5 Figure 2. Typical Setup for Treatment System Using Mineral Based Agent Process Water ph - If Needed Equalization Tank Treatment Tank Treated Water Clarifier Back To Equalization Tank Filter Press Sludge Sludge Bin Case Studies Case 1: Metal Plating A plating facility in Michigan has a highly acidic waste stream (ph < 1) that contains high levels of chromium, zinc, and iron as well as a number of chelating and complexing chemicals. The facility has a treatment system that operates in a continuous process at a flow rate of 56 gpm. The system utilizes Fe 2+ from the acid pickling bath to reduce chromium (VI) in the waste stream. Lime slurry is added to the acidic water in a mixing tank to precipitate metal hydroxides. A flocculant is added to the water to enhance sedimentation in the clarifier. The treated effluent overflows to a holding tank, passes through a sand filter and then released to the sewer. Sodium dithiocarbamate is used to precipitate metals in chelated or complexed forms and to maintain metal concentrations in the effluent at the compliance level. Accumulated sludge in the clarifier is withdrawn periodically and forced through a filter press and the waste is dried on a bed drier and hauled away as hazardous material. Case 1 Parameters Daily Maximum Before Treatment After Treatment Cadmium < Chromium < 0.05 Zinc Iron 1, > 10,000 < 1.0 PH < With the new treatment, mixing the product with the waste stream took about three to four minutes to bring about the formation of large floc that settled completely within three to five minutes. Treated effluent showed concentrations for metals about 10 times lower than municipal discharge limits. This treatment eliminated the need to use lime, flocculant and the noxious dithiocarbamate. Analysis of leachate (TCLP) showed zinc and 339 and chromium at < 0.5 ; regulatory limits are 500 for zinc and 5 for chromium. The waste is nonhazardous which results in a significant saving on transport cost. 5 of 7

6 Case 2: Circuitboard Manufacturing An Illinois based circuitboard manufacturing has a wastewater treatment system that operates at 130 gpm daily. The waste stream contains mainly copper and lead, with other heavy metals found in solder and flux as minor constituents. The system operates by drawing wastewater from the various sumps (etching, plating, etc.) to an equalization tank. The stream is then fed to three mixing tanks in series. In the first tank, acid/ inorganic coagulant mixture is added. Caustic soda is added in the second tank to raise the ph and precipitate metal hydroxides. In the third tank a polymeric flocculant is added to effect the formation of large floc and enhance sedimentation in the clarifier. Overflow from clarifier flows to a neutralization tank, where ph is adjusted with acid and then flows to a holding tank. The neutralized effluent is pumped through a sand filter, then to a holding tank, and finally released to the sewer. Sludge from the clarifier is drained into a tank where it is mixed with thickeners and is periodically forced through a filter press. The semi dry waste is hauled away as a hazardous material. Case 2 Parameters Daily Maximum Before Treatment After Treatment Copper Lead < 0.05 Nickel 3.00 < 0.05 < 0.05 PH Laboratory tests showed that a dose of 500 of the product was sufficient to reduce the level of copper to 0.30 and that of lead to < The product also reduced the concentrations of phosphorus, COD and total dissolved solids, TDS. The treated water is clear and can be recycled. Treatment with the new product eliminated the need for all liquid chemicals, neutralization tank, and sludge thickening, produced a very clear effluent that meets municipal standards and generated nonhazardous waste. Case 3: Plating Operation A plating service in eastern Michigan generates about 6000 gallons of wastewater daily. The main metallic contaminants in the water are zinc, chromium, copper, and cadmium. Local discharge standards are very stringent and require that a limit of 1 be met for zinc, chromium and copper and for cadmium. The facility has a treatment system that consists of an equalization tank, a treatment tank where caustic is added to precipitate metal hydroxides, and a settling tank, where a flocculant is introduced to effect sedimentation. Precipitation of zinc and cadmium requires that ph is set at 12. As a result, water from the settling tank has to be neutralized with acid to bring ph to 9.5. The water then flows to a holding tank and finally passes through a sand filter before it is released to the sewer. Liquid sludge from settling tank is withdrawn periodically and hauled away. It was always difficult to meet discharge requirement on a routine basis. Case 3 Parameters Daily Maximum Before Treatment After Treatment Cadmium < Chromium <0.10 Copper Zinc PH of 7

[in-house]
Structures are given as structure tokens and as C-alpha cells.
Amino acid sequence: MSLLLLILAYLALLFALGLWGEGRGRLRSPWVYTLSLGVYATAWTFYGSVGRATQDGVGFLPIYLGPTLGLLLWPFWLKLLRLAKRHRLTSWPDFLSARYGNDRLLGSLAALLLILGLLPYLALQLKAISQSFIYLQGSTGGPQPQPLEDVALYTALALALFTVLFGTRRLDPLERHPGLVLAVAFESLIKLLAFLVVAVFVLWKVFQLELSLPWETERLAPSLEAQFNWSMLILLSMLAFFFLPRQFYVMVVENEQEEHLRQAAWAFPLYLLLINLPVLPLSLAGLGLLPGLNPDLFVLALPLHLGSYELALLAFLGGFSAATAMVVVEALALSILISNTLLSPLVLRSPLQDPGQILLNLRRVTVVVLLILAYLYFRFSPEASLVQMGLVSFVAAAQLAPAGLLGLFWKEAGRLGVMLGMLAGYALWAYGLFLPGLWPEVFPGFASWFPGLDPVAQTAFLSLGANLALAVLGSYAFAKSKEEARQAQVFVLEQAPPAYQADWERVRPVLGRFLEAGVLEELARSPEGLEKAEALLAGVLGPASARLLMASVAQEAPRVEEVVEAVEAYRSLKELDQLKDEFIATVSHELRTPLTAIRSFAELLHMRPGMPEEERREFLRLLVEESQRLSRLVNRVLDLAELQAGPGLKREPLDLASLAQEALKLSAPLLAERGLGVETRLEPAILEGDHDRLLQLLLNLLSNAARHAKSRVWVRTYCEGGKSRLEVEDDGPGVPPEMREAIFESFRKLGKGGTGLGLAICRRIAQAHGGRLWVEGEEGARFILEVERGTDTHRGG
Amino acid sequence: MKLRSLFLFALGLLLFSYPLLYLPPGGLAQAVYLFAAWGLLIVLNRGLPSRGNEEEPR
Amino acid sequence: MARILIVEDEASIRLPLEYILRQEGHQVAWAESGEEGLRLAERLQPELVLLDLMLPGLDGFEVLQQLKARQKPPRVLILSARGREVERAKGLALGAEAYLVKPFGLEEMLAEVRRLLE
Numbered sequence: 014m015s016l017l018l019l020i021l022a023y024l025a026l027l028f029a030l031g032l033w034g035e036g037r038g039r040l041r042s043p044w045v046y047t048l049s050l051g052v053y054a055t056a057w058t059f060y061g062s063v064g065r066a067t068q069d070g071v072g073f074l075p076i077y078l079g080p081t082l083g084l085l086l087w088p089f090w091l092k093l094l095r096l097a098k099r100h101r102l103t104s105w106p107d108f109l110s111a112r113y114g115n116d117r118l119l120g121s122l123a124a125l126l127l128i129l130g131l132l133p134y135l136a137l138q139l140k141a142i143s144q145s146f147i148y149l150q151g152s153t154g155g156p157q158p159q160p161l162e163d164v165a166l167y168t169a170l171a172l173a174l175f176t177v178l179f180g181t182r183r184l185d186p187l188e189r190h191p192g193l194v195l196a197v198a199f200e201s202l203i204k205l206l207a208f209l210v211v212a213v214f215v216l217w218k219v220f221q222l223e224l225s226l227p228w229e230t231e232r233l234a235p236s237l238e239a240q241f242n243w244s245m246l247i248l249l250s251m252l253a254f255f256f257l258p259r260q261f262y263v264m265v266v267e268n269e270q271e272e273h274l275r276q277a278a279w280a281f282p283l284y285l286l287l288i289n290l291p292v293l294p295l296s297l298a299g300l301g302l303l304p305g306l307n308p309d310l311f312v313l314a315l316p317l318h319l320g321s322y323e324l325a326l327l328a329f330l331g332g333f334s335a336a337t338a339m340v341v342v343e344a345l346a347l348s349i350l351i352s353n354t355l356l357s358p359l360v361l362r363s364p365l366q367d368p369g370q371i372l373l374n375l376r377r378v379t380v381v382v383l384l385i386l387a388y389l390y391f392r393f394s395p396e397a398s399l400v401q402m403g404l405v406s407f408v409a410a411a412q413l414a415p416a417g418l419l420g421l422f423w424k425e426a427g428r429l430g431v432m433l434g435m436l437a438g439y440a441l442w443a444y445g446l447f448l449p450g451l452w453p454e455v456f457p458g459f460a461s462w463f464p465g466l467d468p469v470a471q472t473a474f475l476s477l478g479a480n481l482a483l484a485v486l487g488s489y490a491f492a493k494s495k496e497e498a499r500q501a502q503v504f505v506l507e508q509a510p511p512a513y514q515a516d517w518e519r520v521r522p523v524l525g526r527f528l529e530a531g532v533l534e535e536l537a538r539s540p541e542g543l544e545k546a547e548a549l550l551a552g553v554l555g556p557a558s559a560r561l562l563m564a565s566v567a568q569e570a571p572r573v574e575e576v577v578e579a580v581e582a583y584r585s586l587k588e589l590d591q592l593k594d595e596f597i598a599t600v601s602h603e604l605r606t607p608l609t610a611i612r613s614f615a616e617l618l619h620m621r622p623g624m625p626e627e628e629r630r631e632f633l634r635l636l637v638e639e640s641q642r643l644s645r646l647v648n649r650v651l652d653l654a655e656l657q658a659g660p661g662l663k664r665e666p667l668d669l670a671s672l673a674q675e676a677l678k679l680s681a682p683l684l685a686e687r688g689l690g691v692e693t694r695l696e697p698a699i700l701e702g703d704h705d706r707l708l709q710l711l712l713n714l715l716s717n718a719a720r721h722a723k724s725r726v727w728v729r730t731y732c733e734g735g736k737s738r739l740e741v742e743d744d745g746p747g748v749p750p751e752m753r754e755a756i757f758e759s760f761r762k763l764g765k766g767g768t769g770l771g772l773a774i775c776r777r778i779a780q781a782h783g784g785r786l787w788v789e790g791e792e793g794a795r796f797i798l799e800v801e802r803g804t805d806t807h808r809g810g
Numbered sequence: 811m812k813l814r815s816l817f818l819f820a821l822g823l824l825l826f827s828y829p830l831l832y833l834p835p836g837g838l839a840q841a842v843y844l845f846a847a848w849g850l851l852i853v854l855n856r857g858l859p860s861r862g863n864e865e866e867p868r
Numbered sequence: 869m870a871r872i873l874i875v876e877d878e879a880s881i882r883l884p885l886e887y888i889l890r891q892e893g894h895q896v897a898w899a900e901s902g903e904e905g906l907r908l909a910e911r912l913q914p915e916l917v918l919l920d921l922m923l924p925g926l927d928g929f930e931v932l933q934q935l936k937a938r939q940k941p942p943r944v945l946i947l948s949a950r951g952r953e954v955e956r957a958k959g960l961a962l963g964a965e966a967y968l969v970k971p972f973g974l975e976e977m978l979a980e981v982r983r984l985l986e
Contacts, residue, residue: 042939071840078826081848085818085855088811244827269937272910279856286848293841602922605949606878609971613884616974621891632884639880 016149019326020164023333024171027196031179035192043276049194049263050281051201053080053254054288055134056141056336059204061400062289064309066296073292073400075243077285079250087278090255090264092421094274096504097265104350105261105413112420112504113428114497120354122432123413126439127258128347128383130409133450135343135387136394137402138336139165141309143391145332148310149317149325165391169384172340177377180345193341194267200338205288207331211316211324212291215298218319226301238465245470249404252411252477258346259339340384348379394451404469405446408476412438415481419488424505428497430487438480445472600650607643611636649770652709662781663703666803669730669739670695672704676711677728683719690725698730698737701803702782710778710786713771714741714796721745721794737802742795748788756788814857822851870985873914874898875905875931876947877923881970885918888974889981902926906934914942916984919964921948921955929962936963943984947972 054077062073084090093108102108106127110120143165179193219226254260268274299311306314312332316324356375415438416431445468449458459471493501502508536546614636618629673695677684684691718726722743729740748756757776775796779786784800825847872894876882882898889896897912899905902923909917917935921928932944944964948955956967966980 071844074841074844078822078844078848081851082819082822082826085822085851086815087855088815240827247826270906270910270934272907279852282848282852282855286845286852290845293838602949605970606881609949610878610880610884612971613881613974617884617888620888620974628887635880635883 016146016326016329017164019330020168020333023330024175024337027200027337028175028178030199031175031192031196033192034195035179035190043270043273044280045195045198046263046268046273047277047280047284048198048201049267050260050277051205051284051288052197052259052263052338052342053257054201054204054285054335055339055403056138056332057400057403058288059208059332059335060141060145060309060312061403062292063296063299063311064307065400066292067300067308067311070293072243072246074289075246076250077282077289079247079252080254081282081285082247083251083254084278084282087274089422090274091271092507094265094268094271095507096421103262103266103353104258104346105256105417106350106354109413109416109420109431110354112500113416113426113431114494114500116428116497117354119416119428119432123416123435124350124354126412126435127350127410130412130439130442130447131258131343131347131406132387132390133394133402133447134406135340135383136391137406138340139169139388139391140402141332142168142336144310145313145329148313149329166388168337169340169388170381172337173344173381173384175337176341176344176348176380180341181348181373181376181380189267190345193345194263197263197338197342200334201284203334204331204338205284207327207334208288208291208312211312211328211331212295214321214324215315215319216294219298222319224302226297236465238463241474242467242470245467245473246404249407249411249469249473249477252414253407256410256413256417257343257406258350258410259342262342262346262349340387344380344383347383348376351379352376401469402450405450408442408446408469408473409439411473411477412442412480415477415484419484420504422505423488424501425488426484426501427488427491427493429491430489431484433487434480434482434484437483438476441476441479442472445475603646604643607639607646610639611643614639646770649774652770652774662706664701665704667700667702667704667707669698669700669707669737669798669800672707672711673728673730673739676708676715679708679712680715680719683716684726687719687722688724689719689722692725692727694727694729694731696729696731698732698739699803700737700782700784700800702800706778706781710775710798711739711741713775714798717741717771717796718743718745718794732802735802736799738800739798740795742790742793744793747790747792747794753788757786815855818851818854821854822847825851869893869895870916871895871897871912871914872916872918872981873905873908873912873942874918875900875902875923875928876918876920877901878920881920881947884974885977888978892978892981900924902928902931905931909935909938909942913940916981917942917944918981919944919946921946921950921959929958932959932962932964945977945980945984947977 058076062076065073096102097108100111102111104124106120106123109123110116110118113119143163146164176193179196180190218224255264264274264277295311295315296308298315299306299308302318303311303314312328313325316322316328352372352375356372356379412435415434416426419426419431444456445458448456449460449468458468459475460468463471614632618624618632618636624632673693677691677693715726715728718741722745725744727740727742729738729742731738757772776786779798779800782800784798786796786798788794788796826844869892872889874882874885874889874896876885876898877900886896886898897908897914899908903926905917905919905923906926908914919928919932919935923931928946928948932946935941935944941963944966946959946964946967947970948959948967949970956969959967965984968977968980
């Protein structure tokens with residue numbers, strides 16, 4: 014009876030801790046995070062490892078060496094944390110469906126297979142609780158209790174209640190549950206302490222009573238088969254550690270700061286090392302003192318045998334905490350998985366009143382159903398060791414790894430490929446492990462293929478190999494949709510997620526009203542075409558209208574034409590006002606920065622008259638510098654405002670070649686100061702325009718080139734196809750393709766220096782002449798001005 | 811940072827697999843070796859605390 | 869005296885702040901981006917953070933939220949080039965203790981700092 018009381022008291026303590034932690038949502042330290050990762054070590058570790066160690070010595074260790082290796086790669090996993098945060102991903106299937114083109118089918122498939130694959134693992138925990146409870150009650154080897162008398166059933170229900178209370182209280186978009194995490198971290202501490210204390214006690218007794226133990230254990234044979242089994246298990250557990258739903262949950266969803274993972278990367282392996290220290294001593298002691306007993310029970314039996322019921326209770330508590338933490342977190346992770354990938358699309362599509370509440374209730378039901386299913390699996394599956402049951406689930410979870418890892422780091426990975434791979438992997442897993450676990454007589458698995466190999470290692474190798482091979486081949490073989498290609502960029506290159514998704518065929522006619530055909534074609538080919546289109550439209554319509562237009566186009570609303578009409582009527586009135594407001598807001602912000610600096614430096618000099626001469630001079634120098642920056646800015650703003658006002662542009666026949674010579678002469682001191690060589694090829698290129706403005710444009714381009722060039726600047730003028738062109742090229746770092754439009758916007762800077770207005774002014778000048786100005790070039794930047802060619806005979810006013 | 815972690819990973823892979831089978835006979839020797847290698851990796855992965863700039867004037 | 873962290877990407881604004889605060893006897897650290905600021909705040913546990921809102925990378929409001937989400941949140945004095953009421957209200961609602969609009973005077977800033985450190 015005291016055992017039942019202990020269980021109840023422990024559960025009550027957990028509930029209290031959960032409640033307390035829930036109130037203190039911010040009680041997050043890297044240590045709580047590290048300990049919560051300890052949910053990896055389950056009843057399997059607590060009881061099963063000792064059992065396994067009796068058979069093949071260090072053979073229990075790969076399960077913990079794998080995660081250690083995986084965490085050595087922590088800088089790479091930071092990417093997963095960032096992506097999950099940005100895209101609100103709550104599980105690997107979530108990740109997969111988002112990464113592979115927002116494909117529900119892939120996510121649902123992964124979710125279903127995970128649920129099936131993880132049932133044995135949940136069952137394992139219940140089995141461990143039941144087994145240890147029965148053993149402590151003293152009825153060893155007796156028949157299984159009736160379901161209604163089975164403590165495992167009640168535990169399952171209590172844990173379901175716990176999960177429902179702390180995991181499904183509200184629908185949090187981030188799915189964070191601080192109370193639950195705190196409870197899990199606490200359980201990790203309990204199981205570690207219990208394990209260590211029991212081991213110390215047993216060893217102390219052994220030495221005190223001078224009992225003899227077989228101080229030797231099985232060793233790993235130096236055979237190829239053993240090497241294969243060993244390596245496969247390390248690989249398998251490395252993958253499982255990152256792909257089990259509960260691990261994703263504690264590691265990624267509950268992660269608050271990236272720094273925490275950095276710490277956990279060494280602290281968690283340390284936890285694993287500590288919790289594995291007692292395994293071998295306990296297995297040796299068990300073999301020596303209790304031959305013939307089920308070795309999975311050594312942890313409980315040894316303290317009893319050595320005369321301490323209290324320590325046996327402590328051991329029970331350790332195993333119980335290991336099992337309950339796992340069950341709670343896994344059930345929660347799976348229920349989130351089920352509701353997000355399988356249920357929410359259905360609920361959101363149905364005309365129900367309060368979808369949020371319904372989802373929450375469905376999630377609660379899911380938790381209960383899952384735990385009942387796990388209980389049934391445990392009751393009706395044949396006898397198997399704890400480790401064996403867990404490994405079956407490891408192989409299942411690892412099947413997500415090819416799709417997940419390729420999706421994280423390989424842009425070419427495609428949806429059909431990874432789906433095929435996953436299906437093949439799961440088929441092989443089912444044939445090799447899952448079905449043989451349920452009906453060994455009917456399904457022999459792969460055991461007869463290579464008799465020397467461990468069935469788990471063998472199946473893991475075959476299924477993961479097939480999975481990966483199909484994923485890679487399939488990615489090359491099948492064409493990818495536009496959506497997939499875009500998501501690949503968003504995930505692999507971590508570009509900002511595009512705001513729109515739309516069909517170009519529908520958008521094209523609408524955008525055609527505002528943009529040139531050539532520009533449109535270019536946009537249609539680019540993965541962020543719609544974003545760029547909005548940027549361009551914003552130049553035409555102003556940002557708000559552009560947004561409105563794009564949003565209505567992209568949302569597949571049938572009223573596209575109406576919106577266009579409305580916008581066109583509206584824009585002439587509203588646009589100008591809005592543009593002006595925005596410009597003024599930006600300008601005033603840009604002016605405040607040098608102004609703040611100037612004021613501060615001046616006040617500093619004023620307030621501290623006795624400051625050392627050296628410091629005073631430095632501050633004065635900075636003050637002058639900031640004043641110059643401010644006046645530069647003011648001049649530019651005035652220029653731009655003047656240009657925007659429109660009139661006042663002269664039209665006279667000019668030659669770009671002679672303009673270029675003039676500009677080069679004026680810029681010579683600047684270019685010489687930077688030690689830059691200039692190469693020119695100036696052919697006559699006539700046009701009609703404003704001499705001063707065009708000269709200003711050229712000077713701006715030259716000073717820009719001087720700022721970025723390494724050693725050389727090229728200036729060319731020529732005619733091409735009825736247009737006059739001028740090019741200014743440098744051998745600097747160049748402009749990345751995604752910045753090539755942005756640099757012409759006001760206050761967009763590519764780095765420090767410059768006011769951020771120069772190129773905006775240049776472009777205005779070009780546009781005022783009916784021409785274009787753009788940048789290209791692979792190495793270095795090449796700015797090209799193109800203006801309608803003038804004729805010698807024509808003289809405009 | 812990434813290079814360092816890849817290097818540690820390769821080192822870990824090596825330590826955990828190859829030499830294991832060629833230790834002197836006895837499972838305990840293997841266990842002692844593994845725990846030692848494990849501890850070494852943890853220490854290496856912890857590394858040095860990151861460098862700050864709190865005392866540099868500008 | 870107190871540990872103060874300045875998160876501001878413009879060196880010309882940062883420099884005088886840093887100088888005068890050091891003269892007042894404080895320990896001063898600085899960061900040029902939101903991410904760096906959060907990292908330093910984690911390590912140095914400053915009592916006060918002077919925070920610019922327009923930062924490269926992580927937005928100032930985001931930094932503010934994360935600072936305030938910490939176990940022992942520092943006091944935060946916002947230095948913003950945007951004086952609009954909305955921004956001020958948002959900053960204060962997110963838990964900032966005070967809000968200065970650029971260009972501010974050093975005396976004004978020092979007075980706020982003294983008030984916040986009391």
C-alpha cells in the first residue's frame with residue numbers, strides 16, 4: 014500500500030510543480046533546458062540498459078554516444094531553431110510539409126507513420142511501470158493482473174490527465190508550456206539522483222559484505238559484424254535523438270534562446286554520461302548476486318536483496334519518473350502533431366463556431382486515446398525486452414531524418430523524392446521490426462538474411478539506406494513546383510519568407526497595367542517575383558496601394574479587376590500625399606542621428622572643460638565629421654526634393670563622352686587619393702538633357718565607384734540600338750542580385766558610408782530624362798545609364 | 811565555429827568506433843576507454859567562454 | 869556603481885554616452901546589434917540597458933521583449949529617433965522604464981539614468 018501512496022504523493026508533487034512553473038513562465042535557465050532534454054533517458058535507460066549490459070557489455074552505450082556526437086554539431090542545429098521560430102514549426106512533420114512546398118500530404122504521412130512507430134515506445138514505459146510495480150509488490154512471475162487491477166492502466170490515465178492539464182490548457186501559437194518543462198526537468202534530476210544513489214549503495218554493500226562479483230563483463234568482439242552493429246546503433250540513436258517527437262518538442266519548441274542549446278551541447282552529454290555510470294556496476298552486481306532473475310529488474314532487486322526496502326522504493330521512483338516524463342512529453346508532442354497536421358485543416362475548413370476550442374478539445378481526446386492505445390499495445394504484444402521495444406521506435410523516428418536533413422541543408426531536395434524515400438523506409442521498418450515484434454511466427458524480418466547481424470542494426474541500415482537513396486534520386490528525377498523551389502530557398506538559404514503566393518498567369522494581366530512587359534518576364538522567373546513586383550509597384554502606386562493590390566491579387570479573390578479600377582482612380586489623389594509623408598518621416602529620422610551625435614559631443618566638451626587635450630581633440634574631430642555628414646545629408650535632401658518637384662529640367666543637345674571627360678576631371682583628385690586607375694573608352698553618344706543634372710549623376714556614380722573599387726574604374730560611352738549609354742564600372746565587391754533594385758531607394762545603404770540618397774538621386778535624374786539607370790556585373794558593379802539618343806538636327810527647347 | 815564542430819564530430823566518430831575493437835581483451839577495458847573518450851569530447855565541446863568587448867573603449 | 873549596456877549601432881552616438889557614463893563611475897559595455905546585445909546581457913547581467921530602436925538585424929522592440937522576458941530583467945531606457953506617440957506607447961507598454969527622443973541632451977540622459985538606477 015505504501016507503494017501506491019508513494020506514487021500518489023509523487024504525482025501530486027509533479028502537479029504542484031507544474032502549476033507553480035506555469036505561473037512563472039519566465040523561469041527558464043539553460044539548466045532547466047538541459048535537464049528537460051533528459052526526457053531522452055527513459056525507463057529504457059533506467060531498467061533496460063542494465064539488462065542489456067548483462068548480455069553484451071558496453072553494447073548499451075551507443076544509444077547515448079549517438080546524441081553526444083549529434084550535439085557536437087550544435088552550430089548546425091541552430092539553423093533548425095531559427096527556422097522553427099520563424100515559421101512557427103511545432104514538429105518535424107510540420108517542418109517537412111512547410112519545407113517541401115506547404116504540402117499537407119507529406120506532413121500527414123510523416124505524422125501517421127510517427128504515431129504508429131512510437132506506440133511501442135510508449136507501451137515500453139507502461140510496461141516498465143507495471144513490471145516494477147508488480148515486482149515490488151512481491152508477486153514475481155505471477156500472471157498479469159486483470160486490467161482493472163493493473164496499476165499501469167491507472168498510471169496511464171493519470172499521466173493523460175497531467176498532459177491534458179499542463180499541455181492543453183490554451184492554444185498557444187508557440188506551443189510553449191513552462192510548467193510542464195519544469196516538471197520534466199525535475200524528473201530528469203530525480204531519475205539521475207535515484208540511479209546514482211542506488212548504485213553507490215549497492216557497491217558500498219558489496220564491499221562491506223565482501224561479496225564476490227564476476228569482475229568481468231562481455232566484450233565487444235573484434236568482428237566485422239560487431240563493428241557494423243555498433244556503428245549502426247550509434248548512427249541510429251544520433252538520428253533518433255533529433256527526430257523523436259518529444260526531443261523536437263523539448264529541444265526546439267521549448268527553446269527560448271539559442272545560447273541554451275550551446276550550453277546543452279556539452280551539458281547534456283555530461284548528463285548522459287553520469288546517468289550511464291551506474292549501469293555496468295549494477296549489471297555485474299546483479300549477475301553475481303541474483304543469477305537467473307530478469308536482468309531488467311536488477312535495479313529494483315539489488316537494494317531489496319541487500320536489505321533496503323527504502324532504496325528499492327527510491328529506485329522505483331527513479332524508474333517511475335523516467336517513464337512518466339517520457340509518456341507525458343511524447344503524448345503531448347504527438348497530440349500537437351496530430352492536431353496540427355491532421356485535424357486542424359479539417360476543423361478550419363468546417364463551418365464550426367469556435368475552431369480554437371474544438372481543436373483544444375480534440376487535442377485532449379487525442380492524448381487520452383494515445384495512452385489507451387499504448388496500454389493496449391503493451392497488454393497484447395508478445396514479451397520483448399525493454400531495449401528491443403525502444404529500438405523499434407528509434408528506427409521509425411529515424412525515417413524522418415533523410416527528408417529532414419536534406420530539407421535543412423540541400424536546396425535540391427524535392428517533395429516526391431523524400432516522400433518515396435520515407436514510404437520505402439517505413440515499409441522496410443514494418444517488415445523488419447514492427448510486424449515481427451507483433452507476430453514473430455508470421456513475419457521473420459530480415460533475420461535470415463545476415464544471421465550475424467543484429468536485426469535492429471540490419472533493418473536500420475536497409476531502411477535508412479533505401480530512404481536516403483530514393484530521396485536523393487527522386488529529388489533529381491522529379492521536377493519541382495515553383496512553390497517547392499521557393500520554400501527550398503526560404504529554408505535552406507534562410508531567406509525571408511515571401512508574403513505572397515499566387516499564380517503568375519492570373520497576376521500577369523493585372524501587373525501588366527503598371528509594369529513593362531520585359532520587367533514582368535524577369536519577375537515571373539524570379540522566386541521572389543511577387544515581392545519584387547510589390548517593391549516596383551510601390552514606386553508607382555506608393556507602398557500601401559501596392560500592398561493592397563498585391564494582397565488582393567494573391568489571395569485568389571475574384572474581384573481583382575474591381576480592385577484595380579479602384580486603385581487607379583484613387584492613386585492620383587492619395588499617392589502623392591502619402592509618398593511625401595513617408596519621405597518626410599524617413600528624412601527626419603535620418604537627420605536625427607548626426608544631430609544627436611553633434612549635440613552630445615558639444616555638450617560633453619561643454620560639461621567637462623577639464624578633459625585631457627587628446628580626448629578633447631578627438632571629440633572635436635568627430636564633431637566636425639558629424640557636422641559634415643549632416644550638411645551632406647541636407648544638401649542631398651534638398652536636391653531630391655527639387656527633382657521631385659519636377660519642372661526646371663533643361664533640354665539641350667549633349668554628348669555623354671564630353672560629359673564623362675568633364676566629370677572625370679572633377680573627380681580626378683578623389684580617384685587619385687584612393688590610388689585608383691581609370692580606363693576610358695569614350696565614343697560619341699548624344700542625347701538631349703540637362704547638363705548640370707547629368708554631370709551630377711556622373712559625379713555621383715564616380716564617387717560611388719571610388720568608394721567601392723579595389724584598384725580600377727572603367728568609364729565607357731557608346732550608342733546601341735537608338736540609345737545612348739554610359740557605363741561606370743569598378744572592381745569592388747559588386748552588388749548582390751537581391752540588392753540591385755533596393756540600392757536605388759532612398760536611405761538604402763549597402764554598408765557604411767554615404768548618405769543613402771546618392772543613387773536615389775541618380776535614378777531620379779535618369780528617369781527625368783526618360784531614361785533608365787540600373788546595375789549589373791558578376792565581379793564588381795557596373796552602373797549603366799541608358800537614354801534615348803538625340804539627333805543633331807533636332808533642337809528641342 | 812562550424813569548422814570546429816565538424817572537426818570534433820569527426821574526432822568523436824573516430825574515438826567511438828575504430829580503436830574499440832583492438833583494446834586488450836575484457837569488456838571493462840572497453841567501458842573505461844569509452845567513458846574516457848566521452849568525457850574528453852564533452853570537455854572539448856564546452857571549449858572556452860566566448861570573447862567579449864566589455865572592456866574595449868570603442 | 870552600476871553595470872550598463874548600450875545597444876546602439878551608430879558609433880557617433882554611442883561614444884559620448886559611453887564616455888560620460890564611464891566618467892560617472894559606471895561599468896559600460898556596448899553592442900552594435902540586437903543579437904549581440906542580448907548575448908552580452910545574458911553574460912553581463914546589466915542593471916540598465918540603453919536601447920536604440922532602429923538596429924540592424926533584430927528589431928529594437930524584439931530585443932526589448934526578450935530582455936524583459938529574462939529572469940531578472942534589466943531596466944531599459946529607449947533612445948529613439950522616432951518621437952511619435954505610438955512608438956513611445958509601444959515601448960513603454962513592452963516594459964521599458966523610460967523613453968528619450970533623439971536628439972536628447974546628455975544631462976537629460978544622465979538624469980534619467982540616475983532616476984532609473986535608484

7 Treatment with the mineral based agent at a dose of about 1000 brought about compliance and maintained the levels of metal in treated effluent at 0.5 for zinc, 0.1 for chromium, 0.35 for copper, < for cadmium, and effluent s ph is in the range of 8.0 to 8.5. In addition, the agent reduced the levels of phosphorus and COD in the discharge. The treatment eliminated the need for a neutralization tank, holding tank, and sand filter. Conclusion While chemical precipitation is widely used in the treatment of metal finishing effluent, the process is tedious and requires the use of several liquid chemicals to complete the metal removal step. The heavy metals may also be present in complexed forms and not amenable to precipitation which means failure to maintain compliance. The process generates mostly hazardous waste that requires further treatment that, in turn, adds to the cost of the treatment. A new process that uses a mineral based agent provides an effective alternative for the removal of heavy metals and other contaminants from metal finishing waste streams. The treatment produces high quality effluents that meet or exceed discharge standards and generates nonhazardous waste that does not endanger the environment or public health. MORE INFORMATION On AQUASIL Technology, contact: AQUACHEM INC. Tel: Fax: inc.com 7 of 7